More Money Problems

ICangles Investment Post…

For the current secular bear market asset inflation trouble comes in threes. Too much liquidity in the global economy in the late 90’s fueled the Internet bubble of bad corporate investments that popped in 2000. To avoid the necessary restructuring pain around a recession, more liquidity was injected into the global economy leading to unsustainable growth around the residential real estate bubble that popped along with related credit markets in 2007. In another attempt to avoid restructuring pain and alleviate the following recession more liquidity is being injected into the global economy notably by the U.S. and Chinese governments. Today that capital is fueling more unsustainable price appreciation or levels in bonds, emerging markets and commodities.

To fully appreciate the nature of the trouble brewing a basic understanding of the genesis of this current cycle’s bubbles is essential. I’ve argued in previous posts that the global economy’s growth potential is largely determined by a multi-decade cycle of disruptive technologies. When electricity, the internal combustion engine and most recently the semiconductor were in their growth phases a large amount of capital was necessary to create surrounding infrastructure and could be productively employed. As the respective technologies entered maturity and less capital was required, excess liquidity fueled asset bubbles in stock, real estate and commodity markets. Secular bull markets in the beginning, middle and end of the twentieth century were followed by secular bear markets and tough economic times.

But this is only half an explanation around asset inflation. It explains the timing of when the global economy has the lowest requirements for growth in the monetary base and is most likely to brew asset inflation. It does not explain why central bankers provide the excess liquidity in the first place. Part of that reason is the human tendency towards optimism and trend extrapolation. Smart people convincingly argued that innovation around the microprocessor in the late nineties fundamentally changed the economy allowing for a permanently high growth, low employment paradigm—the Internet was seen as a new beginning of innovation, rather than the last truly big spurt around the microprocessor. Smart people again made strong arguments for why the global trend of rising residential real estate prices was sustainable. And smarter ones figured out ways to insure against the risks in the credit markets. Today, the same experts are making similarly clever arguments about why bonds, emerging markets and commodities are all good investments for the foreseeable future.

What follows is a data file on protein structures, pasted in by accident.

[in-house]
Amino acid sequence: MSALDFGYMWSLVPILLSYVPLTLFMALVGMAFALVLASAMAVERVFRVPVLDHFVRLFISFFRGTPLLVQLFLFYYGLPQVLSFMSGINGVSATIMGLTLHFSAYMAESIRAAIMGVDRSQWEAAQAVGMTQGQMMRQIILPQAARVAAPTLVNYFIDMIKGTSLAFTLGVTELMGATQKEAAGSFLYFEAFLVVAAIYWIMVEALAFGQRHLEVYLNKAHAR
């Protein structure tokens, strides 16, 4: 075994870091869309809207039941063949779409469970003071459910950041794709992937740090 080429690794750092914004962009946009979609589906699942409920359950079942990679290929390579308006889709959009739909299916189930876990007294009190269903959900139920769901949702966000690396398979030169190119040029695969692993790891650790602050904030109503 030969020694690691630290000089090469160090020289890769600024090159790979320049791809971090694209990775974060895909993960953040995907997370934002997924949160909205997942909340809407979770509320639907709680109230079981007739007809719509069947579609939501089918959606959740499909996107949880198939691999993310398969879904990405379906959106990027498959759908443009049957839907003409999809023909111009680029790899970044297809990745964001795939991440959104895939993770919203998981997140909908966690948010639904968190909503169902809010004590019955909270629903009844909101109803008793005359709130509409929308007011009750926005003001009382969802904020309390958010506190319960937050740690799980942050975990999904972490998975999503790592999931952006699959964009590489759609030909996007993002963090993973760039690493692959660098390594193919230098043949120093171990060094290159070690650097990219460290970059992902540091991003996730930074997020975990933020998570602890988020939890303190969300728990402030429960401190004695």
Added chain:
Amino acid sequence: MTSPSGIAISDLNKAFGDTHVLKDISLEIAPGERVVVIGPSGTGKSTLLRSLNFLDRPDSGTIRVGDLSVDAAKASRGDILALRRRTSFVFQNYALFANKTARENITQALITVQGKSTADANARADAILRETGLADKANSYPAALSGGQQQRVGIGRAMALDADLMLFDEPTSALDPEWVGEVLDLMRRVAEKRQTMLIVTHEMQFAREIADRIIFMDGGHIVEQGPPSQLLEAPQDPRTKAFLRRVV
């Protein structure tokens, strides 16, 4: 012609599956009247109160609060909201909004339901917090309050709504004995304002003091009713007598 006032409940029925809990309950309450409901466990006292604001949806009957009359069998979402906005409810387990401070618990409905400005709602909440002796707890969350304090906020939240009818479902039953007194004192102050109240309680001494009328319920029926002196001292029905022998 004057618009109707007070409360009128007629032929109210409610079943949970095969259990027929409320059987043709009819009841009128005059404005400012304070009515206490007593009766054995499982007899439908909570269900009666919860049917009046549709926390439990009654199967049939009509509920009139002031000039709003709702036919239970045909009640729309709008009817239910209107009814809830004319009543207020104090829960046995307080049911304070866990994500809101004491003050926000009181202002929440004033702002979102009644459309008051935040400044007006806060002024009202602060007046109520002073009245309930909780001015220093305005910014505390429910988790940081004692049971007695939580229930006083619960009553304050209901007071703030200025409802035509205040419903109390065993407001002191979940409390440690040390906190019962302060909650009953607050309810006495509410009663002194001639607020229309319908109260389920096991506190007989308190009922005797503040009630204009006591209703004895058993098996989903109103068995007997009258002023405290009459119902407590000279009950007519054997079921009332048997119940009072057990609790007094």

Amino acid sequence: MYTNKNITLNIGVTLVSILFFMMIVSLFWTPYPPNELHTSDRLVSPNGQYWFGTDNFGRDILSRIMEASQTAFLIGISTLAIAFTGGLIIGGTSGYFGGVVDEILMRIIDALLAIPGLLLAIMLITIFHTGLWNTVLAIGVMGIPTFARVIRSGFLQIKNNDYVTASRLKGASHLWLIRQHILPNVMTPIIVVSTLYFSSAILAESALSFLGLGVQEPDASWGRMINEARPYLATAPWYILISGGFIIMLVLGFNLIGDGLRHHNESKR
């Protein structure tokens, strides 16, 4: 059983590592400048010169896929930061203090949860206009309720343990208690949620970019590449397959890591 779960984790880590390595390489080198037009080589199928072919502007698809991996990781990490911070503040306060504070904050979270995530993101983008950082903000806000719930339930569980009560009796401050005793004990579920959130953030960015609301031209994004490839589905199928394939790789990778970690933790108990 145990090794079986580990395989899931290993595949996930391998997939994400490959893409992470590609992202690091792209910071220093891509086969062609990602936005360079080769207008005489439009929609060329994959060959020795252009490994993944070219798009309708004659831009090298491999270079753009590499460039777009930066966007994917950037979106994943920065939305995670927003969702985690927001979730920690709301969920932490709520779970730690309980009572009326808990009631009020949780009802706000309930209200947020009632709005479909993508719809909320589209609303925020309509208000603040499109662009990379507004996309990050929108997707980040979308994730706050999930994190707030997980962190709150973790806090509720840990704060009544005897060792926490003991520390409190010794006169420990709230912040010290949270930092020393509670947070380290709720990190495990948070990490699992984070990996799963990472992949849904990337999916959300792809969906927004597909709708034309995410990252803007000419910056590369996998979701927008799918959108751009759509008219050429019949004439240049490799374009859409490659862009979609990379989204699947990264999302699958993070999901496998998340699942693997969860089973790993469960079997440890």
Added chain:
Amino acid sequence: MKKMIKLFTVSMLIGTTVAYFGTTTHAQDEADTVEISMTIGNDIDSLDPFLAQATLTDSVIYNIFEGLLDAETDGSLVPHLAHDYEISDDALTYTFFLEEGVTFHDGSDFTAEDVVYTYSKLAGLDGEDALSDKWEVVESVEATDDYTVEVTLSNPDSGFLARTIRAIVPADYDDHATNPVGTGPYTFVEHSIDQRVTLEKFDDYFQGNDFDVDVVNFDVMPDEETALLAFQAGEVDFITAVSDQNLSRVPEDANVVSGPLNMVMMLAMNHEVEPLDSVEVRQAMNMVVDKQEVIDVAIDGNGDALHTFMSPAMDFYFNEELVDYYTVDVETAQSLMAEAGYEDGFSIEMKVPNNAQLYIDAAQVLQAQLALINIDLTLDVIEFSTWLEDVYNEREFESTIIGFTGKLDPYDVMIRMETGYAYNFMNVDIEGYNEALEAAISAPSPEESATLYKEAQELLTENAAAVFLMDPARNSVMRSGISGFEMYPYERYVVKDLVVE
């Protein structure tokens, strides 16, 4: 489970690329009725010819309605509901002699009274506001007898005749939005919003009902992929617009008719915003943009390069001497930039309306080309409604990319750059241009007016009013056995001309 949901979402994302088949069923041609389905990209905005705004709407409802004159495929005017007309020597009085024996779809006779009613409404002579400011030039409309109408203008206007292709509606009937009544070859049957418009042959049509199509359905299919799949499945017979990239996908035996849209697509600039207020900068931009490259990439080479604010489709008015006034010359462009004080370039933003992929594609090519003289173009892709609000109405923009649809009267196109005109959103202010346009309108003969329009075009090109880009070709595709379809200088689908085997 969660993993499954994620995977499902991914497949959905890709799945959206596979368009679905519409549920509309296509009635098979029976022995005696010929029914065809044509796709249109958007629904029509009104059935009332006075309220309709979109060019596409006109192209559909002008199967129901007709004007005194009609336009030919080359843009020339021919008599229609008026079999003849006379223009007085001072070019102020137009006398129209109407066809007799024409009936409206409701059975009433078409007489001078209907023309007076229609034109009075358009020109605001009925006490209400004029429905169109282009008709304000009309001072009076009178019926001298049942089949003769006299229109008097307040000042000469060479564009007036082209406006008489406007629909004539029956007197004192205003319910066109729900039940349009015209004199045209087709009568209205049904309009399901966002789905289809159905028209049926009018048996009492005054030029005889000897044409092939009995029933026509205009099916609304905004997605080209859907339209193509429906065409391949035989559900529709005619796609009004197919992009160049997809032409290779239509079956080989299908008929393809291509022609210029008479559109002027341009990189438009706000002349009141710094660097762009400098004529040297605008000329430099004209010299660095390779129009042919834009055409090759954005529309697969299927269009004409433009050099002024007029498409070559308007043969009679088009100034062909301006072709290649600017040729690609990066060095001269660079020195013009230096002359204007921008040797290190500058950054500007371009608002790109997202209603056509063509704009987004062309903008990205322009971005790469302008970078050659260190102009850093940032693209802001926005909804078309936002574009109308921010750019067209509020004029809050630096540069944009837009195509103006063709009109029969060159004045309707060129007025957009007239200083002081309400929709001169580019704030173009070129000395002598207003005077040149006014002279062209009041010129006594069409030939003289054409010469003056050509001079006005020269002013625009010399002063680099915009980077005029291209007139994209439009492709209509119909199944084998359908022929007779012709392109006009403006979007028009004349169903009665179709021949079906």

The second half to the explanation of central banker behavior is there over reliance on classroom models. Asset inflation is difficult to measure and their models rely on measurements. Making matters worse the cyclical nature of disruptive technologies means the growth potential of the economy continually changes making modeling all the more difficult. They pour liquidity into the global economy as if caring for house plants—the solution for a lack of growth is nearly always to provide liquidity. And charged with not just monetary stability, but creating growth, bankers nearly always turn on the monetary spigots to cultivate said growth (so expected were Fed loose money policies that the moniker the Greenspan Put was coined at one point and the nickname Helicopter Ben).

The real world however, is as different from classroom models as a simple houseplant is from farmland. And while supplying liquidity almost always fuels measurable growth, in less measurable terms such growth is not always sustainable and sometimes leads to unwarranted troubles later. So, aware of the benefits of liquidity, but partly blind to its risks, central bankers will nearly always err on the side of more liquidity. That is if they are not constrained by the monetary system they operate within. Yet, today’s monetary system rather than constraining money creation through a mechanism, such as a gold standard, actually encourages excess liquidity. And partly because of that, the system is breaking down.

Such a breakdown is consistent with the last two secular bear markets. The Great Depression saw the world actually break into distinct trading and currency blocks as the global monetary system crumbled. Then in the seventies the Bretton Woods system ended as the U.S. was forced to abandon the gold standard. The new system that arose was nicknamed Bretton Woods II, and today having helped fuel today’s asset bubble it has sown the seeds of its own destruction. Under Bretton Woods II the U.S. dollar remained the currency of global trade only instead of being backed by trade surpluses and gold it was supported by foreign purchases of debt that funded trade deficits.